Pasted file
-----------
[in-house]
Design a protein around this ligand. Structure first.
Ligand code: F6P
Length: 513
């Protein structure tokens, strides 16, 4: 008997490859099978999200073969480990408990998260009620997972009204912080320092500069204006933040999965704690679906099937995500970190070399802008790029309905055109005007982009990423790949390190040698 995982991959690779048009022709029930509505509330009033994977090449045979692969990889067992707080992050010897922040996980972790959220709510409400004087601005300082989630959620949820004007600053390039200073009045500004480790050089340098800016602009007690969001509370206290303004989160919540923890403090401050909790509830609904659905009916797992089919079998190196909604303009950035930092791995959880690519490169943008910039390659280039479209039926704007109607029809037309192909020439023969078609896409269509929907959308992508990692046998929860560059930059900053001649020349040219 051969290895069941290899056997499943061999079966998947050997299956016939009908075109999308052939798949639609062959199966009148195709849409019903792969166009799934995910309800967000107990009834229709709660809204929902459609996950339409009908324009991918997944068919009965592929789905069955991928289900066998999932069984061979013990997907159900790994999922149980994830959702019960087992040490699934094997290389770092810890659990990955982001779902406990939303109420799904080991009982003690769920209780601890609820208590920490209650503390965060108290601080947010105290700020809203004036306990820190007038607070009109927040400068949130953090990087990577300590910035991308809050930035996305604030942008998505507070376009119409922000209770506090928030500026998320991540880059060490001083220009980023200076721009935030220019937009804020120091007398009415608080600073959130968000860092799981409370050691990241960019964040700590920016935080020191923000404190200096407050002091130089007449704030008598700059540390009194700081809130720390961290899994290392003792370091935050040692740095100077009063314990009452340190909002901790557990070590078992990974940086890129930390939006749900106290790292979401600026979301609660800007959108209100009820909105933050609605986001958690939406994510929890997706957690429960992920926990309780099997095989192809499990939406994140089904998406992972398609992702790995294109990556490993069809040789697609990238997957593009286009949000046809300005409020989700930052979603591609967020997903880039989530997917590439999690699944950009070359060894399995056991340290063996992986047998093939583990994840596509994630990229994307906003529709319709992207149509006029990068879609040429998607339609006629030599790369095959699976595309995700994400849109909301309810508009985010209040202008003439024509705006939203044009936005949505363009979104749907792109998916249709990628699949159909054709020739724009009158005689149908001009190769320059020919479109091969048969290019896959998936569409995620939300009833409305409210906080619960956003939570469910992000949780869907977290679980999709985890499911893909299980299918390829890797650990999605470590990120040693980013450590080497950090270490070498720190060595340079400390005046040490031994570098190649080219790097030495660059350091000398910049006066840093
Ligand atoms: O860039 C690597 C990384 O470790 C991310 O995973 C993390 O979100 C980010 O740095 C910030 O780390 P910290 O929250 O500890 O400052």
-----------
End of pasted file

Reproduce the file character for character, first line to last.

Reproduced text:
[in-house]
Design a protein around this ligand. Structure first.
Ligand code: F6P
Length: 513
């Protein structure tokens, strides 16, 4: 008997490859099978999200073969480990408990998260009620997972009204912080320092500069204006933040999965704690679906099937995500970190070399802008790029309905055109005007982009990423790949390190040698 995982991959690779048009022709029930509505509330009033994977090449045979692969990889067992707080992050010897922040996980972790959220709510409400004087601005300082989630959620949820004007600053390039200073009045500004480790050089340098800016602009007690969001509370206290303004989160919540923890403090401050909790509830609904659905009916797992089919079998190196909604303009950035930092791995959880690519490169943008910039390659280039479209039926704007109607029809037309192909020439023969078609896409269509929907959308992508990692046998929860560059930059900053001649020349040219 051969290895069941290899056997499943061999079966998947050997299956016939009908075109999308052939798949639609062959199966009148195709849409019903792969166009799934995910309800967000107990009834229709709660809204929902459609996950339409009908324009991918997944068919009965592929789905069955991928289900066998999932069984061979013990997907159900790994999922149980994830959702019960087992040490699934094997290389770092810890659990990955982001779902406990939303109420799904080991009982003690769920209780601890609820208590920490209650503390965060108290601080947010105290700020809203004036306990820190007038607070009109927040400068949130953090990087990577300590910035991308809050930035996305604030942008998505507070376009119409922000209770506090928030500026998320991540880059060490001083220009980023200076721009935030220019937009804020120091007398009415608080600073959130968000860092799981409370050691990241960019964040700590920016935080020191923000404190200096407050002091130089007449704030008598700059540390009194700081809130720390961290899994290392003792370091935050040692740095100077009063314990009452340190909002901790557990070590078992990974940086890129930390939006749900106290790292979401600026979301609660800007959108209100009820909105933050609605986001958690939406994510929890997706957690429960992920926990309780099997095989192809499990939406994140089904998406992972398609992702790995294109990556490993069809040789697609990238997957593009286009949000046809300005409020989700930052979603591609967020997903880039989530997917590439999690699944950009070359060894399995056991340290063996992986047998093939583990994840596509994630990229994307906003529709319709992207149509006029990068879609040429998607339609006629030599790369095959699976595309995700994400849109909301309810508009985010209040202008003439024509705006939203044009936005949505363009979104749907792109998916249709990628699949159909054709020739724009009158005689149908001009190769320059020919479109091969048969290019896959998936569409995620939300009833409305409210906080619960956003939570469910992000949780869907977290679980999709985890499911893909299980299918390829890797650990999605470590990120040693980013450590080497950090270490070498720190060595340079400390005046040490031994570098190649080219790097030495660059350091000398910049006066840093
Ligand atoms: O860039 C690597 C990384 O470790 C991310 O995973 C993390 O979100 C980010 O740095 C910030 O780390 P910290 O929250 O500890 O400052």